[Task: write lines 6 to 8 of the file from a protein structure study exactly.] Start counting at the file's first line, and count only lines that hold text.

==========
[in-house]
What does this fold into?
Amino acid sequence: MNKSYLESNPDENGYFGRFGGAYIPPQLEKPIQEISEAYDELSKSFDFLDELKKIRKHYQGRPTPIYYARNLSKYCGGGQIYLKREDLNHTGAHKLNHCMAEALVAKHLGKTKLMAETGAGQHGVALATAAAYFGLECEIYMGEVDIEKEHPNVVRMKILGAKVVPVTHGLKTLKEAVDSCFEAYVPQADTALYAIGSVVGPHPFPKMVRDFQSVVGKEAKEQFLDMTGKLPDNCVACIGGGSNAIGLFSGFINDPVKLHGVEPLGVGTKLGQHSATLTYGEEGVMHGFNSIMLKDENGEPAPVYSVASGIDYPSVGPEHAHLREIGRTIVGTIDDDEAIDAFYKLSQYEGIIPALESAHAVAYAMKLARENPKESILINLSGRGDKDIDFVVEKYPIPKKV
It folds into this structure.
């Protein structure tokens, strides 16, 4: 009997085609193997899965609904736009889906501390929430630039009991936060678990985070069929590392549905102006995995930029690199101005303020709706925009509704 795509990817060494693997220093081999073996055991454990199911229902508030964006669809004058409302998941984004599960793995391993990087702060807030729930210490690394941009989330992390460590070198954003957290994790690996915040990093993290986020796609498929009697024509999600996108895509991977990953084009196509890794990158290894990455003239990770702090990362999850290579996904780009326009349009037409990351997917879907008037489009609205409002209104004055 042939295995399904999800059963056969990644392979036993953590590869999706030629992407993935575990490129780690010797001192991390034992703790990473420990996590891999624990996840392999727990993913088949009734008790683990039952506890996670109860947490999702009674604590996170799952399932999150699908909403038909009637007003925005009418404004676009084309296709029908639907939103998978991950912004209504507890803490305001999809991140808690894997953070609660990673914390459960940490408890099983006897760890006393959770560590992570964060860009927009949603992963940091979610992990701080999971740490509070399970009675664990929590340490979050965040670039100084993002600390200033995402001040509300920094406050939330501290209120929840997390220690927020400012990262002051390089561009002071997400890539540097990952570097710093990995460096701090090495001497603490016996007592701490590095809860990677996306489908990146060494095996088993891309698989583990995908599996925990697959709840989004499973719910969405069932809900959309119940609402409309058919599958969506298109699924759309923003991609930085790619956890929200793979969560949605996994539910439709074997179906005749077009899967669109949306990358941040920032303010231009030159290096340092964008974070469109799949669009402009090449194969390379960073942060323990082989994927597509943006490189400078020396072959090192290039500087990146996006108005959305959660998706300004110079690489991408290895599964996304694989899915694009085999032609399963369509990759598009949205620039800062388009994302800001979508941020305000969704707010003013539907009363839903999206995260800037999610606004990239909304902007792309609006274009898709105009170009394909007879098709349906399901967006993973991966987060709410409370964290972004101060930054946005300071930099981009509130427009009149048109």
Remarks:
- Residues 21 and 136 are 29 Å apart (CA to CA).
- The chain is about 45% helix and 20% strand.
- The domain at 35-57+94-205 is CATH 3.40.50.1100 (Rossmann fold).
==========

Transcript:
Remarks:
- Residues 21 and 136 are 29 Å apart (CA to CA).
- The chain is about 45% helix and 20% strand.